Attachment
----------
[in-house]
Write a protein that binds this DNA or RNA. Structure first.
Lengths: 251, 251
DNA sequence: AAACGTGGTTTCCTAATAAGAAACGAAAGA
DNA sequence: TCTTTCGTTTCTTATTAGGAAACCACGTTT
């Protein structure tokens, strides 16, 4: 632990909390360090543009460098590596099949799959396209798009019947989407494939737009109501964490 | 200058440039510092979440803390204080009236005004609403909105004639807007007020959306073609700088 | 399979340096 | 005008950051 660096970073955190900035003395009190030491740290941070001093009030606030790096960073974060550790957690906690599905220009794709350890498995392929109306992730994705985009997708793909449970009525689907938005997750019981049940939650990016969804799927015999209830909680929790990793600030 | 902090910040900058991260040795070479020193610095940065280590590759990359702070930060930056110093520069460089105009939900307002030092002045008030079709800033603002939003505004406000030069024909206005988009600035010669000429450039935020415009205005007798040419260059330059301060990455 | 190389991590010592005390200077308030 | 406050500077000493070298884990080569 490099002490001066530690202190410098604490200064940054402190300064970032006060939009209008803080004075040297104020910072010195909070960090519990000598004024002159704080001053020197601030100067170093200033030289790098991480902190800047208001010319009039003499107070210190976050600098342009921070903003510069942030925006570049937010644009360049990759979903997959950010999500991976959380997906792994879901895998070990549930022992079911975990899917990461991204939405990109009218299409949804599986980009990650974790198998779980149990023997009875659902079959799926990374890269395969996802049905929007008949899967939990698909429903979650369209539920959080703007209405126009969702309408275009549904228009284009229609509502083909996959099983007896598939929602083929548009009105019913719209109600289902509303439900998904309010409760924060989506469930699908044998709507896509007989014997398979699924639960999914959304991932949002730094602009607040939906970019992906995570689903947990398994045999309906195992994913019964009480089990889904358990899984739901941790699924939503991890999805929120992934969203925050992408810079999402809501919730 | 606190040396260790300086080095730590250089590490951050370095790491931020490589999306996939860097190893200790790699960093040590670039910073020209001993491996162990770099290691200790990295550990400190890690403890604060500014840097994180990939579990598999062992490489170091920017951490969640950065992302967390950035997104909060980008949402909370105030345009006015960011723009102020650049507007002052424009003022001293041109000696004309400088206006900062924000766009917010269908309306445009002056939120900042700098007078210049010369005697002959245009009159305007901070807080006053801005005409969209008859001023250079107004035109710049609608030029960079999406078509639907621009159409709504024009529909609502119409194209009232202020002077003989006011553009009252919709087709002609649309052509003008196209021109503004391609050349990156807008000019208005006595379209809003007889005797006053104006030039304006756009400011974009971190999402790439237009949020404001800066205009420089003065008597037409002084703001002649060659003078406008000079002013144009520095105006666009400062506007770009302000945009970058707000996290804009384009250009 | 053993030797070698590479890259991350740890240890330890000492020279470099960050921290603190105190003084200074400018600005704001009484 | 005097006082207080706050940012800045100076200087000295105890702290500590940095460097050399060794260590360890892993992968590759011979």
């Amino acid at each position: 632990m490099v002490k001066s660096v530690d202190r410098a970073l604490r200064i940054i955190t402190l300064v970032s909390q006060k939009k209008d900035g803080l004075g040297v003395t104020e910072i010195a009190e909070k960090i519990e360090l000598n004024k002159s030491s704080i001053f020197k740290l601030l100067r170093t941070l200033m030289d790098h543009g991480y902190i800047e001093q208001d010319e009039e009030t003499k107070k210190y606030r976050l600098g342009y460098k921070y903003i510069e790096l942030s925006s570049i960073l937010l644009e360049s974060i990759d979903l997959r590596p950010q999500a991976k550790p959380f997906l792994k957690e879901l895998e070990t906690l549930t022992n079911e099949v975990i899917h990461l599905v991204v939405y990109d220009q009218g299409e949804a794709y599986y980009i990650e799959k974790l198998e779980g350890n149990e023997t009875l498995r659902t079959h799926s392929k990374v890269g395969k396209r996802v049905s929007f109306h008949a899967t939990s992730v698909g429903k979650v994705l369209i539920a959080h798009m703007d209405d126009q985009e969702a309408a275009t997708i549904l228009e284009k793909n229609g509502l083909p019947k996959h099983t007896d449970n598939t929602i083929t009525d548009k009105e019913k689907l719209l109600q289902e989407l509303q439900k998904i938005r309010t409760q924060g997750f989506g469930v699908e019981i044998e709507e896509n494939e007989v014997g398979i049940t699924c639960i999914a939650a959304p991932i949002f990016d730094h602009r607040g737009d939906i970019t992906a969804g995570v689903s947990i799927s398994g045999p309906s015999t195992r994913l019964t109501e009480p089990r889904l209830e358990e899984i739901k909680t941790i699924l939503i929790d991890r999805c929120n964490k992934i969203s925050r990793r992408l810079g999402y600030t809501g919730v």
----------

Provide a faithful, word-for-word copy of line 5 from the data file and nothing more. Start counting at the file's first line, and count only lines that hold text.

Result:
DNA sequence: TCTTTCGTTTCTTATTAGGAAACCACGTTT